The Truman Doctrine and Foreign Economic Assistance
PRESIDENT TRUMAN'S message to Congress of March 12, 1947, requesting aid for Greece and Turkey marks the beginning of what has come to be known as the Truman Doctrine. In the course of this message, the President said:1
I believe that it must be the policy of the United States to support free peoples who are resisting attempted subjugation by armed minorities or by outside pressures.
I believe we must assist free peoples to work out their own destinies in their own way.
I believe that our help should be primarily through economic and financial aid which is essential to economic stability and orderly political processes.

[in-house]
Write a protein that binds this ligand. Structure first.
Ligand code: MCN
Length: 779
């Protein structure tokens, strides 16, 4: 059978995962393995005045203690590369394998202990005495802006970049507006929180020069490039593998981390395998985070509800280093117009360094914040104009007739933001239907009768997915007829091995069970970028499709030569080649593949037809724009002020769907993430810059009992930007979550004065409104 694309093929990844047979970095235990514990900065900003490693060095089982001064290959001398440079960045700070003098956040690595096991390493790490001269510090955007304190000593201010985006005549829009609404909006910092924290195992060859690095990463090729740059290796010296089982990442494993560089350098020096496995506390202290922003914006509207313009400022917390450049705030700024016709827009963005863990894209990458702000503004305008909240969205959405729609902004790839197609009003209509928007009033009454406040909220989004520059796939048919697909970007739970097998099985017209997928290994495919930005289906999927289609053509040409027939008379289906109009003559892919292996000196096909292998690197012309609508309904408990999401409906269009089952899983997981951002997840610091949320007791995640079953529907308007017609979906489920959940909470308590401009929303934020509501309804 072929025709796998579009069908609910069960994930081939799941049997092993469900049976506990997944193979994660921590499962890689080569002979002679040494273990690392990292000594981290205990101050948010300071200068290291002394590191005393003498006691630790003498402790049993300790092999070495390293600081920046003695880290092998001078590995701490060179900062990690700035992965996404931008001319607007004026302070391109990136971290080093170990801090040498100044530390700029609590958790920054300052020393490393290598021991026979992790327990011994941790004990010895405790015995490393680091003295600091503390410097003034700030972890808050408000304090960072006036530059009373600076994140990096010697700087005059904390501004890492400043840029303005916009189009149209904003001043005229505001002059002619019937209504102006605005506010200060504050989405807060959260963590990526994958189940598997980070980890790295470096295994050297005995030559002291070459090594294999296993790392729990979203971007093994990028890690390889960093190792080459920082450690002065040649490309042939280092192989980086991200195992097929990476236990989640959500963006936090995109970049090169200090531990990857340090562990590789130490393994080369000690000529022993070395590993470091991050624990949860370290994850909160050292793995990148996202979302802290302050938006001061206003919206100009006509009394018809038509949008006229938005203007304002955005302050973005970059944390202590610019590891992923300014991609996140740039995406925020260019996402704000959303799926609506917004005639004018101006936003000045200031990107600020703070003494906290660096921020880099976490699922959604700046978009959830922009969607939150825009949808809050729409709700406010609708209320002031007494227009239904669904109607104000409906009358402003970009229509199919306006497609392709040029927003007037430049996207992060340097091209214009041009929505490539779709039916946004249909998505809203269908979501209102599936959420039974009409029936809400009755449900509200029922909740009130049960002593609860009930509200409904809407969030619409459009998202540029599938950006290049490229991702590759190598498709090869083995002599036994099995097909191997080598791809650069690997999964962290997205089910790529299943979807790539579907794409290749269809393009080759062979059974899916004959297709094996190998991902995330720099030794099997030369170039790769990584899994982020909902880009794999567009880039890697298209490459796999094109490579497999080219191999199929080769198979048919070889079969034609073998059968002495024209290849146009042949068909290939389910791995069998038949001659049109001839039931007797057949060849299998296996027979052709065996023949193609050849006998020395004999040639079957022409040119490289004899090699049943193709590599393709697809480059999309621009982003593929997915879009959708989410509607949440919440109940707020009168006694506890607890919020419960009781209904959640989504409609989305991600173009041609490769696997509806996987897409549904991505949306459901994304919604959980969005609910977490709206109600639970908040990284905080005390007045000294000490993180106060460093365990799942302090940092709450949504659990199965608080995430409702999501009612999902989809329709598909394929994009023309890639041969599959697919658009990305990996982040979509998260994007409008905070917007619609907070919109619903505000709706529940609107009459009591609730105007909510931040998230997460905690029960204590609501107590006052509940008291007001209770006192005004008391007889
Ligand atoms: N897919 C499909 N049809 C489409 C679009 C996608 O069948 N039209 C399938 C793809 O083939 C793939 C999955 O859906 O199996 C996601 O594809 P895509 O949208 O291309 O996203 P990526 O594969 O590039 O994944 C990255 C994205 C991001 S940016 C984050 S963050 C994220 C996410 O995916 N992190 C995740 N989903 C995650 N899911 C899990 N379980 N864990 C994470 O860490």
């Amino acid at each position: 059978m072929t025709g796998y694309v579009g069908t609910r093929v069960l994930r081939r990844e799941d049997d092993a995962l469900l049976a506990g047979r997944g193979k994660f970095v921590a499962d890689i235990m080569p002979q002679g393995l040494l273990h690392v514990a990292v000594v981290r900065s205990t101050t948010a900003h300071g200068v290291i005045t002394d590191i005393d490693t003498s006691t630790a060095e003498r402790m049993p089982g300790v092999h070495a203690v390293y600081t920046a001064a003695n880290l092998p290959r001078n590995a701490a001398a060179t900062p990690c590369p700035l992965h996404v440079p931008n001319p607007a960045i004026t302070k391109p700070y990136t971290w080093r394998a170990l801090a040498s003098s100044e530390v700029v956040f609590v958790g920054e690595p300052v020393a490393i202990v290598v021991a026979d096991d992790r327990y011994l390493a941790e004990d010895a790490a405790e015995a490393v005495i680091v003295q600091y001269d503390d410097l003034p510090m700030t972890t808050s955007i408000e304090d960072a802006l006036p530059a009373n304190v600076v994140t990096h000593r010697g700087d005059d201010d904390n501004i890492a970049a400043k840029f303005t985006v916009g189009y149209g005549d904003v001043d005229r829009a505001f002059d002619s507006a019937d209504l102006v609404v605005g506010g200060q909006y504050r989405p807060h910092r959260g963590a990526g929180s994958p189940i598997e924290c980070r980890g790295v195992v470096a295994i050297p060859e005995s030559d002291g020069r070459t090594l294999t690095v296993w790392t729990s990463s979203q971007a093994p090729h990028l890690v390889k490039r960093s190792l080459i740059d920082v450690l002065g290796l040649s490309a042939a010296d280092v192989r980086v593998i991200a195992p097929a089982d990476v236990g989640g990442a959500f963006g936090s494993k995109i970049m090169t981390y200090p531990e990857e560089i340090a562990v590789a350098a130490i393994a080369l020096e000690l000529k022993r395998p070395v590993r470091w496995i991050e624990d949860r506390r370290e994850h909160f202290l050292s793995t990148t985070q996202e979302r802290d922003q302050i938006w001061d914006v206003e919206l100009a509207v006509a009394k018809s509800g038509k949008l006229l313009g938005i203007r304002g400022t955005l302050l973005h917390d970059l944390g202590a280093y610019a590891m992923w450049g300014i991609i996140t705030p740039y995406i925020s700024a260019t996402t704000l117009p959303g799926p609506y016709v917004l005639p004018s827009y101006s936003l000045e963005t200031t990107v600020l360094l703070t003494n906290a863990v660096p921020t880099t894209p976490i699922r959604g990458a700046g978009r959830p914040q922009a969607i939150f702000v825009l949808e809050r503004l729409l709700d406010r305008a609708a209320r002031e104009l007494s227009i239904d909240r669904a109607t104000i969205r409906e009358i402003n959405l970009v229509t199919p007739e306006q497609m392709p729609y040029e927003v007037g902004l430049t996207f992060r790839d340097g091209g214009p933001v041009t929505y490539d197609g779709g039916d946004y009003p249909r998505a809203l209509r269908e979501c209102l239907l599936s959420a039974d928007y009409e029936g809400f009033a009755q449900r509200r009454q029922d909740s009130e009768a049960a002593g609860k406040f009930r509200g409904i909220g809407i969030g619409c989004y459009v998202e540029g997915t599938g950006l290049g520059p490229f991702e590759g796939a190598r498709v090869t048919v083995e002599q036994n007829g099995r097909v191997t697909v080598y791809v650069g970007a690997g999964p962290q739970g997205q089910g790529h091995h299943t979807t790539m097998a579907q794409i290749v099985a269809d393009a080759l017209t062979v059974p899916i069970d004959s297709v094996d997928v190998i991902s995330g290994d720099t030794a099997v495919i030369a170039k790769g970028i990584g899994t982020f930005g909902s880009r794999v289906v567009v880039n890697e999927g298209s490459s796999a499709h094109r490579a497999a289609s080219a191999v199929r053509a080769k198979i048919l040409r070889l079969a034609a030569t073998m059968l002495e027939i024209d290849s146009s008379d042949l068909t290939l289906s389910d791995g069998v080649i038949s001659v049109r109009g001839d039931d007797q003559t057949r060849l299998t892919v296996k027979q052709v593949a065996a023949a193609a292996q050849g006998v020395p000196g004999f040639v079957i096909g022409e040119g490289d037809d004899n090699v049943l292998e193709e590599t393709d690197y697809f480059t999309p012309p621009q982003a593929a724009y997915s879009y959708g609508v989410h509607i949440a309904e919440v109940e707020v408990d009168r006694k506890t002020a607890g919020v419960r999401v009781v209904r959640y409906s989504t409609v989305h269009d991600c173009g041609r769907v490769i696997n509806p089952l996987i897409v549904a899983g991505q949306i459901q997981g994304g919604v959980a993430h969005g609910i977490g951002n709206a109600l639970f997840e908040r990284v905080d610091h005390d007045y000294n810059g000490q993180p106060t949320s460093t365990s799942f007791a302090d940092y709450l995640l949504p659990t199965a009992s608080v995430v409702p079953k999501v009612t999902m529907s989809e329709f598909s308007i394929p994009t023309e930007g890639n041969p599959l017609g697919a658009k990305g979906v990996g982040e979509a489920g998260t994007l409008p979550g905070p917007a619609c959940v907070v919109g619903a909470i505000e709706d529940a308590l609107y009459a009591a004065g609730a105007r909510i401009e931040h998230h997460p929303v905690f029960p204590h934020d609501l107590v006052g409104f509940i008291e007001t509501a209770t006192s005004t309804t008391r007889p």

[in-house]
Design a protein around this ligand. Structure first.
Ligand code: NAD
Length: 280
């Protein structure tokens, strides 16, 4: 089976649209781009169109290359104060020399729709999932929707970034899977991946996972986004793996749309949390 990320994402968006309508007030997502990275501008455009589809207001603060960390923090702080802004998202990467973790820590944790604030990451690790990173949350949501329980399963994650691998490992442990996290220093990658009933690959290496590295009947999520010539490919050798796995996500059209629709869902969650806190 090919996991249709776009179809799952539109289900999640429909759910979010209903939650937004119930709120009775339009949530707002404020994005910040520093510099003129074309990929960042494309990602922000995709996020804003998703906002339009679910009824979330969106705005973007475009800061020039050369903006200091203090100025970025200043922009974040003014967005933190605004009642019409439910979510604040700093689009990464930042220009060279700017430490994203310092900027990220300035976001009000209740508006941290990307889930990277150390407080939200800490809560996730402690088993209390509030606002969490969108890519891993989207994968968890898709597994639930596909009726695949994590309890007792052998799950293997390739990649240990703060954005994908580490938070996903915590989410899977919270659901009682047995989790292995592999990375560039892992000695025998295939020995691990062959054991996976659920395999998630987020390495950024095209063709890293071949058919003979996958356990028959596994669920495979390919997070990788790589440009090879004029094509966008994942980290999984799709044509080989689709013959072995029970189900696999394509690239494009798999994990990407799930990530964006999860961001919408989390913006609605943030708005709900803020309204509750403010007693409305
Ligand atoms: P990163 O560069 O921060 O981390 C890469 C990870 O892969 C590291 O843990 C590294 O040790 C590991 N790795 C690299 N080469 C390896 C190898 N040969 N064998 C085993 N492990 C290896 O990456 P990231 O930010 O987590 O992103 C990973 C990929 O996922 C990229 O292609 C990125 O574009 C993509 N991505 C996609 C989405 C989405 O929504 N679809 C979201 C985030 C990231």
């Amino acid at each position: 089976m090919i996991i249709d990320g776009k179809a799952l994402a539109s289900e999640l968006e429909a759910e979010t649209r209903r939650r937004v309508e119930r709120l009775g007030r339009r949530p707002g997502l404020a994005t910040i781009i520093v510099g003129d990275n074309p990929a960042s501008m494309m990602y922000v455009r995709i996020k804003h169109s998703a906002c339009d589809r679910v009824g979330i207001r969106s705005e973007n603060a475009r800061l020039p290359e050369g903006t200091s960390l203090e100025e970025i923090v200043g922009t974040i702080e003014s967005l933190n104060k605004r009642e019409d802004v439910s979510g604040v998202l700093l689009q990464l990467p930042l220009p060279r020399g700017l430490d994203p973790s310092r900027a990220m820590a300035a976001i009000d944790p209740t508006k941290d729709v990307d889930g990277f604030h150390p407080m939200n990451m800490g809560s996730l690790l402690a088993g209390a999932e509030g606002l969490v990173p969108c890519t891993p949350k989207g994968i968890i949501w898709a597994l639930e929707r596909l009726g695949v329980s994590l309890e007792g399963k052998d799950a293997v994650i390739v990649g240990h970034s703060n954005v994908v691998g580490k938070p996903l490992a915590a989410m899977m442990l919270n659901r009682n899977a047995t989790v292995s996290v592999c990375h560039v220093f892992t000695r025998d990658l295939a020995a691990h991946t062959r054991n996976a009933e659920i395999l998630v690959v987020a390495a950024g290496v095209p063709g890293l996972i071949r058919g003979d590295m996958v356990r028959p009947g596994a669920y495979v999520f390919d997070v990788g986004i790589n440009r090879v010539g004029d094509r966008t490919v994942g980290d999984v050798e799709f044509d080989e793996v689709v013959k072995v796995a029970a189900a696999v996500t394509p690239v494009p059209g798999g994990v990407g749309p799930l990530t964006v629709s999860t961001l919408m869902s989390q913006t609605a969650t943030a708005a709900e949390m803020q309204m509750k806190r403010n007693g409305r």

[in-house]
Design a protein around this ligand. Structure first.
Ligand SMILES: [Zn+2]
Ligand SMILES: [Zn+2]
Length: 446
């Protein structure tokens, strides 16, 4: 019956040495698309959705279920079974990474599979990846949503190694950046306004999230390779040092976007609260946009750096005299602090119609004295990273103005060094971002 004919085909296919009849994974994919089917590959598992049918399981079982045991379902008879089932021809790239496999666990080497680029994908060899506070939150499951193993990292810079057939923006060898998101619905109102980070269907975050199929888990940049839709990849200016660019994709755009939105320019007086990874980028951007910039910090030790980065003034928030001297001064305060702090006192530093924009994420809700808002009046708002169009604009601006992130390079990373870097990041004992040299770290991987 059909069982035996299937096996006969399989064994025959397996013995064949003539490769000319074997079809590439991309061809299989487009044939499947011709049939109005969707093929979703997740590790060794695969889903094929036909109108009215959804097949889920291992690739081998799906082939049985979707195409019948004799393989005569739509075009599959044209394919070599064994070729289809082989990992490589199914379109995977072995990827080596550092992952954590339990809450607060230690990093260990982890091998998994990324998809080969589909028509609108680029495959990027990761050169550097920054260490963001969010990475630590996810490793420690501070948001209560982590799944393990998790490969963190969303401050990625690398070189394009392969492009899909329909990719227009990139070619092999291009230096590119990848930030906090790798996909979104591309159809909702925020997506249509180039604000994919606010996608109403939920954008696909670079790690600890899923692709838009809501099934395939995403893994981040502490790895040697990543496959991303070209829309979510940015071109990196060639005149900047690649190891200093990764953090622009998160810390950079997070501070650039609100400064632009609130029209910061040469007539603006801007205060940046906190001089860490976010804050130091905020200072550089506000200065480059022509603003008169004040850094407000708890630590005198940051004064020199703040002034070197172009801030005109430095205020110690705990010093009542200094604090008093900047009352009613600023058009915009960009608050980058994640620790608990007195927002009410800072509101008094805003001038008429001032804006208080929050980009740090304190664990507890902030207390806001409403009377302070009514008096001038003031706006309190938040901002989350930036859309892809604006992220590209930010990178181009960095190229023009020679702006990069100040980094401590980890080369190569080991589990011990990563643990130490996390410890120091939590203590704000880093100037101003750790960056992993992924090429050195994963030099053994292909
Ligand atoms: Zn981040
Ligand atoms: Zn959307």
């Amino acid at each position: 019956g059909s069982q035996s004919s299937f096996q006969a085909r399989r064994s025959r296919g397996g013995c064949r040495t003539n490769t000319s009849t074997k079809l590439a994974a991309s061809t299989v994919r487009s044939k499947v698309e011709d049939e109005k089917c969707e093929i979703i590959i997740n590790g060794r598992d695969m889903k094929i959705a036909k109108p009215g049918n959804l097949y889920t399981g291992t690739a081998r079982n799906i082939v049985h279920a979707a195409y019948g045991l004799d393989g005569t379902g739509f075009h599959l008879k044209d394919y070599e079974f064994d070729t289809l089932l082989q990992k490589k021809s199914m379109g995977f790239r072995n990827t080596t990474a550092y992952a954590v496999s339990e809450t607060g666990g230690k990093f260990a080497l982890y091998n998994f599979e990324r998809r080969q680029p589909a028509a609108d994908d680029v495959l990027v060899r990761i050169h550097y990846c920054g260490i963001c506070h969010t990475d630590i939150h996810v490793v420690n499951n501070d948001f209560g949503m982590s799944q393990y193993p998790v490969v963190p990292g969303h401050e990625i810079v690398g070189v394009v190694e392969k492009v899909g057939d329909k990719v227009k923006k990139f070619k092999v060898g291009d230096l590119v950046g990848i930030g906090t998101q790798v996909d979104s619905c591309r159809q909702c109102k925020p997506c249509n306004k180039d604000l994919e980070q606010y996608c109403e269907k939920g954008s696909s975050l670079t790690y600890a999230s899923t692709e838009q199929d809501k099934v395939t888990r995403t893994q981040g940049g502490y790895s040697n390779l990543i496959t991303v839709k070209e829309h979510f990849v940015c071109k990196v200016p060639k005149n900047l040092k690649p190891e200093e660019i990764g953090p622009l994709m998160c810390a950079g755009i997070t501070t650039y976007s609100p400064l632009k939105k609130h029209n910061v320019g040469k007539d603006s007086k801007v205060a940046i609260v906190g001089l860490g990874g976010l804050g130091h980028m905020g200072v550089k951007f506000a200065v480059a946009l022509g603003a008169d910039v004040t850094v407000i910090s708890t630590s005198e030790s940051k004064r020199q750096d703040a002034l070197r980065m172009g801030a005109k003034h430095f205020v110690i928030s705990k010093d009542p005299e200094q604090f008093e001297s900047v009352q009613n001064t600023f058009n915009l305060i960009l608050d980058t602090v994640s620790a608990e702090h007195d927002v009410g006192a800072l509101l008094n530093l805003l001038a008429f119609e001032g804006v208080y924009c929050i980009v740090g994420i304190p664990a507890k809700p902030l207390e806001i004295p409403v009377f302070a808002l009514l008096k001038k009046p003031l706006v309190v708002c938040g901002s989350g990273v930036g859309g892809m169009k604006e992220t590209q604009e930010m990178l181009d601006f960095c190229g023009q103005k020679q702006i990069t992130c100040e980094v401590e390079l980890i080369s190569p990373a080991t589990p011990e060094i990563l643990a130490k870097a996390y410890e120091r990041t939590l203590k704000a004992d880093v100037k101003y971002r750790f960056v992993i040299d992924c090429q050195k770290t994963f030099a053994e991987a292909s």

The immediate occasion for the formal statement of the above policy was the internal crisis in Greece and the announcement by Britain that she could no longer assume the economic and other burdens of continued participation in Greek affairs. Fundamentally, however, this policy was based upon a recognition of the implications of certain far-reaching developments for the foreign policy of the United States. On the political side, the United States had come to realize that the United Nations machinery could not guarantee the peace of the world and that the U.S.S.R. was determined on a policy of political aggression which only the United States could arrest. On the economic side, the Truman Doctrine was a recognition that the postwar assistance and reconstruction plans which had been developed during the war were inadequate to rehabilitate the war-torn economies of the world and that something more was needed to establish a number of foreign countries on an economic basis which would assure political stability and enable them to resist Communist pressure from within and without. The Truman Doctrine implies a recognition that America's responsibility for the economic welfare of the rest of the world did not end with the immediate postwar period,____________________